8. ESTABLISHING A TRIGGER. Reexamine your sanctuary. Reexperience the sights, sounds, tastes, textures, and fragrances. Look around and pick one object that easily fits into your hand. Choose an object that you can easily identify with your personal sanctuary. This object will be used to trigger future visits to your retreat. It could be a cherry blossom, mushroom, bead, gemstone, unlit candle, or anything else that is meaningful to you. After selecting your trigger, hold it and study it carefully. Is it smooth or rough? Hard or soft? What does it smell like? Is it damp or dry, warm or cold? After absorbing the image of your trigger into your mind, return the object to its place in your sanctuary. When you wish to return to your retreat in the future, all you have to do is relax and visualize the image of your trigger. It will then propel you to your retreat. The first time you try, you may only get partially there. That is okay, just improve the image until you are completely back. Each time you use the trigger, it will become more and more effective, so be patient.
The most obvious use of your sanctuary is to have a place where you can experience deep relaxation and pleasure. It is a place where you can shed needless stress and ‘recharge your batteries.’ But it is more than that. The quietness of your inner sanctuary makes it easier to hear the voice of your inner wisdom. You can visit it to obtain new insights, get inspired, and obtain answers.
It is also a palace of transformation and healing. For example, let’s say there is someone at work you cannot get along with, but you wish to change the situation for the better. Enter your sanctuary and in your imagination, invite your coworker to join you there. Become her friend, find out what is bothering her, cheer her up, share stories and jokes, have fun together. As you become good friends in your sanctuary, you will be amazed to find the same thing happening in real life.
Here’s another example, if you are too shy, visit your sanctuary and populate it with people you would like to meet. Then in your imagination transform yourself into a confident person, and speak to everyone there.
Since this all occurs in your mind, there is nothing to fear. You can be as brave as you would like.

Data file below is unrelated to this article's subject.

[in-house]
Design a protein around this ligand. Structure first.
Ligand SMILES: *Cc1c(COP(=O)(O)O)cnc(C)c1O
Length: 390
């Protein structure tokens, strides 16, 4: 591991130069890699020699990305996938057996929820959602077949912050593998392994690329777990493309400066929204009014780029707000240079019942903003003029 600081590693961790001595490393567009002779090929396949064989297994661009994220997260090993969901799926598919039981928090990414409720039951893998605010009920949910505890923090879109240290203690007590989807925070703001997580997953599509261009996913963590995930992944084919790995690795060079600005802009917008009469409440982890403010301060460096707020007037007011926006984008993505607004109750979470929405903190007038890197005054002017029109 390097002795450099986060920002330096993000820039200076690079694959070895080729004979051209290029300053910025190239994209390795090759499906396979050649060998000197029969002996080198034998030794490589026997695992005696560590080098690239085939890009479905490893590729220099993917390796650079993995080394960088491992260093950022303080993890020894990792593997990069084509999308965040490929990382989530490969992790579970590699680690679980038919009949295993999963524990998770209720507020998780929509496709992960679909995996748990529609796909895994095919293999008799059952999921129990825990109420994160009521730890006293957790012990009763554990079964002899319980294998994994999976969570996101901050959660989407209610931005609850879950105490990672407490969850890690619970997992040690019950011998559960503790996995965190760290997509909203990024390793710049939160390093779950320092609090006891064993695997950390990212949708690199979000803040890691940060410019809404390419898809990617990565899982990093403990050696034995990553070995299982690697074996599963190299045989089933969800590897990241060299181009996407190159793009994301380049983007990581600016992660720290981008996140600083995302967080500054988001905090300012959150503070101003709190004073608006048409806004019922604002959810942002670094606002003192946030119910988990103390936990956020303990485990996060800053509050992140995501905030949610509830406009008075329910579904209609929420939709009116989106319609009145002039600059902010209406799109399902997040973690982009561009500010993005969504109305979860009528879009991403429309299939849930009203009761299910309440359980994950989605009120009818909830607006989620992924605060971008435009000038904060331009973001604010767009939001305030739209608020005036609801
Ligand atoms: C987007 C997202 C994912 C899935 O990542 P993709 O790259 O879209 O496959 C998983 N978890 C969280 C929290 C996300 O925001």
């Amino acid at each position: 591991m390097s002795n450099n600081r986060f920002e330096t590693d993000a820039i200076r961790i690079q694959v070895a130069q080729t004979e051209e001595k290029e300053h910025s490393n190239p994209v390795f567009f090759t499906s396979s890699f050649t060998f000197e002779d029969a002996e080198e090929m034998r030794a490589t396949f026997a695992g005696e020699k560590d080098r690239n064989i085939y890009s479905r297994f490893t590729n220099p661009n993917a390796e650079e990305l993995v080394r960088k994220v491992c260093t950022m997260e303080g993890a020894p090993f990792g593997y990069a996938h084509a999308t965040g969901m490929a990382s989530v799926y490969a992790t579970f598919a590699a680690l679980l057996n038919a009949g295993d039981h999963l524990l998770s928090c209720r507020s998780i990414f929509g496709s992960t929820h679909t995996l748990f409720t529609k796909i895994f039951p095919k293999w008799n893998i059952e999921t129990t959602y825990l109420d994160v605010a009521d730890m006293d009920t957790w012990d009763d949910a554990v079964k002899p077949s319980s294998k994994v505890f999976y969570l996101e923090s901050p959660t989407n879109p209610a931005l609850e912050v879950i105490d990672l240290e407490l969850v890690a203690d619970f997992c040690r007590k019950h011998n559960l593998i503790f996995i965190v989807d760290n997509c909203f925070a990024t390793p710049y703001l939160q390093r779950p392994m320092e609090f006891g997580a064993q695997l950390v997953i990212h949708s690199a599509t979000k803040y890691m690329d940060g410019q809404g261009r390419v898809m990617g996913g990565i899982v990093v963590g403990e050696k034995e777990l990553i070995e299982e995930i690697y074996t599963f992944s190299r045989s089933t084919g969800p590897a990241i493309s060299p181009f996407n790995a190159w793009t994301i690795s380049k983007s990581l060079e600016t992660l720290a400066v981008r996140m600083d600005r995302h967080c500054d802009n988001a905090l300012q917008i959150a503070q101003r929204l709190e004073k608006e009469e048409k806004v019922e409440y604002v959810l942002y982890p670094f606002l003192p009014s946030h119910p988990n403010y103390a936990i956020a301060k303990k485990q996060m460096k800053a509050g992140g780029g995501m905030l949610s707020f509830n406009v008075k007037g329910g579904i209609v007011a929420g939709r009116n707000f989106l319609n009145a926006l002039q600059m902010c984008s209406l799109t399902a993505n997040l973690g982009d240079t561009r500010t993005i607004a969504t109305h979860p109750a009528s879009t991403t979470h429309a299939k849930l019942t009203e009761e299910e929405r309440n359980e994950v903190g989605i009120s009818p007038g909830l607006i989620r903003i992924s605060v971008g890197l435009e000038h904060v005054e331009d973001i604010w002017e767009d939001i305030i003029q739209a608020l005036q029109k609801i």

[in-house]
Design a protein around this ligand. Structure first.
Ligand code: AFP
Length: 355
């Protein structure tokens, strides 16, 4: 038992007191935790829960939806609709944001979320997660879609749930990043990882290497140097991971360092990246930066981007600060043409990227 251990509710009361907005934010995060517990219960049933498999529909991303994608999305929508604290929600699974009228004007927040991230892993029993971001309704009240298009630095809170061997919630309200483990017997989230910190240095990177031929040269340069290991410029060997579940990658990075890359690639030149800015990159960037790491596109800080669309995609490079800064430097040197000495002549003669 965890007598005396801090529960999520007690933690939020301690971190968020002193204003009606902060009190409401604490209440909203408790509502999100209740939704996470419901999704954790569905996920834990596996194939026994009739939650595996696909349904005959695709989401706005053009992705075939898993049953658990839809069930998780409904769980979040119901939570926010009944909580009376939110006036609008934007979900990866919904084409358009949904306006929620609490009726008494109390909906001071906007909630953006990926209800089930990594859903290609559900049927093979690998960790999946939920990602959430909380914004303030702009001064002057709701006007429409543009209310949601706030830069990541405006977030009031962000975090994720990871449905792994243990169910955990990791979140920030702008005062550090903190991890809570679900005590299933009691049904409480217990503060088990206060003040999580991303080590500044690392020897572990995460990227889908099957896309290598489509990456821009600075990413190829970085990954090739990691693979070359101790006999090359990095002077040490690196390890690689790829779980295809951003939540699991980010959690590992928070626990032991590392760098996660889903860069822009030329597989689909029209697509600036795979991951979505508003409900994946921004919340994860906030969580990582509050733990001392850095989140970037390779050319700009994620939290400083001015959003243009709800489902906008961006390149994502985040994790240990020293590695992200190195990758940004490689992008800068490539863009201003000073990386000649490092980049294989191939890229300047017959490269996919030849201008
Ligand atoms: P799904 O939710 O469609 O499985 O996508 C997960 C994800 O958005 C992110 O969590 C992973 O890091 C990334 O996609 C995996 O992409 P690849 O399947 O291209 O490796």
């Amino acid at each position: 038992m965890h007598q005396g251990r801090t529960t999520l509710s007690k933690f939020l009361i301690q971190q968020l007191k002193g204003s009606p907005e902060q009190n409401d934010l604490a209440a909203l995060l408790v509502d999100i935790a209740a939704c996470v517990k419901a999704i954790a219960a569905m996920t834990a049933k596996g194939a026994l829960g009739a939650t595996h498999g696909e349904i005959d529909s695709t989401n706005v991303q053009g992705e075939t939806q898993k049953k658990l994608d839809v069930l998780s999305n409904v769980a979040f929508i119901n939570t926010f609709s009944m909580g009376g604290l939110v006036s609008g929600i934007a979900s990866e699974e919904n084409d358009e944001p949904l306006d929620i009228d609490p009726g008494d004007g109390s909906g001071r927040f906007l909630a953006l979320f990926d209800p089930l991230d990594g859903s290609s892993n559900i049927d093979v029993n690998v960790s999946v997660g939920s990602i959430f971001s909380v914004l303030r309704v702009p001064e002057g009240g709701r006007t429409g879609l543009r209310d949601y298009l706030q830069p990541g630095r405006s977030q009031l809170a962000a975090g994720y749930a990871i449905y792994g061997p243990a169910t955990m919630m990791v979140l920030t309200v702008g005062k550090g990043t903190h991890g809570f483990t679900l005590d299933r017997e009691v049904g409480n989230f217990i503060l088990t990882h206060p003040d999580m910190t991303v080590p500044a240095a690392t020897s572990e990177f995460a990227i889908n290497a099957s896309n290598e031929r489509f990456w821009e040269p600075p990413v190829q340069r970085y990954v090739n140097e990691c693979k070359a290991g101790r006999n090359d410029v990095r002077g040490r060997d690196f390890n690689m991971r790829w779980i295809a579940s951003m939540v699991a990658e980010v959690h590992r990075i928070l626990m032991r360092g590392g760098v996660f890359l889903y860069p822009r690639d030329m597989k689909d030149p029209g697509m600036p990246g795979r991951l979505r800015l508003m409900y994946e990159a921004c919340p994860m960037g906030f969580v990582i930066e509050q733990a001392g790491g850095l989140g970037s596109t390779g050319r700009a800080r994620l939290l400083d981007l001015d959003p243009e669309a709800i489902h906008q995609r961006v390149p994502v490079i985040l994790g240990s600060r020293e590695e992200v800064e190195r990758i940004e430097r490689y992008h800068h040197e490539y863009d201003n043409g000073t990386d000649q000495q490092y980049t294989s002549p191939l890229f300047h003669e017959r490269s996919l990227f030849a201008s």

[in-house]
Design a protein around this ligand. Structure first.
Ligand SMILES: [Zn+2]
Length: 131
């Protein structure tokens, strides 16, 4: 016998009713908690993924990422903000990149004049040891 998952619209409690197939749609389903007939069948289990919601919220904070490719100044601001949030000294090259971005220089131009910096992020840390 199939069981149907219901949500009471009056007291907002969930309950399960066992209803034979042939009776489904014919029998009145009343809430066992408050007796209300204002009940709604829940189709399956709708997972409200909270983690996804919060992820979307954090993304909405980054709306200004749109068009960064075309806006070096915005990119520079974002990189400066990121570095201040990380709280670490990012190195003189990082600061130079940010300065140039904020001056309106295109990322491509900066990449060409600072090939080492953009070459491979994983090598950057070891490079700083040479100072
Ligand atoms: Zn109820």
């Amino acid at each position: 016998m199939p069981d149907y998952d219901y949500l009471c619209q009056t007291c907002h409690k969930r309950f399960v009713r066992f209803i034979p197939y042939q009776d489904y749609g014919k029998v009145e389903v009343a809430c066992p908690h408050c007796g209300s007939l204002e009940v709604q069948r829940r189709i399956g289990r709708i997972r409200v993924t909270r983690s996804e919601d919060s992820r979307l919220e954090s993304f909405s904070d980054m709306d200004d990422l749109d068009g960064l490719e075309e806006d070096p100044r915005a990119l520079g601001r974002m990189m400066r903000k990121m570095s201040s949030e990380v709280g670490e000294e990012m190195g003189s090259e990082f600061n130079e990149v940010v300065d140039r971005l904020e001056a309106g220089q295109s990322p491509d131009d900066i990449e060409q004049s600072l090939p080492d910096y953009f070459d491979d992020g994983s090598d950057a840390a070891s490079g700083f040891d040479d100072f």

As you practice being the person you would like to be in your sanctuary, you will slowly change to that person in real life! Why is that? Well, when you practice visualization (also called imagery), you are speaking the language of the subconscious. Although our conscious or rational mind thinks in words, the language of the subconscious consists of images, feelings, and sensations. By practicing visualization and repeating your role-playing in your sanctuary, your subconscious will interpret and accept it as real life experience. In other words, you will be reprogramming your mind.
If you carefully follow the eight steps, by the time you enter your sanctuary, you will be in the alpha brain wave state. Another term to describe the state is hypnagogic or light hypnosis. So, with practice and experimentation, you will discover your retreat is a powerful tool that can bring about inner change. If you are interested in learning more about visualization and imagery, here are three web sites to get you started:
Chuck Gallozzi lived, studied, and worked in Japan for 15 years, immersing himself in the wisdom of the Far East and graduating with B.A. and M.A. degrees in Asian Studies. He is a Certified NLP Practitioner, speaker, seminar leader, and coach. Corporations, church groups, teachers, counsellors, and caregivers use his more than 400 articles as a resource to help others. Among his diverse accomplishments, he is also the Grand Prix Winner of a Ricoh International Photo Competition, the Canadian National Champion of a Toastmasters International Humorous Speech Contest, and the Founder and Head of the Positive Thinkers Group that has been meeting at St. Michael’s Hospital, Toronto since 1999. His articles are published in books, newsletters, magazines, and newspapers. He was interviewed on CBC’s “Steven and Chris Show,” appearing nationally on Canadian TV. Chuck can be contacted at email@example.com. View his photography at https://500px.com/chuckgallozzi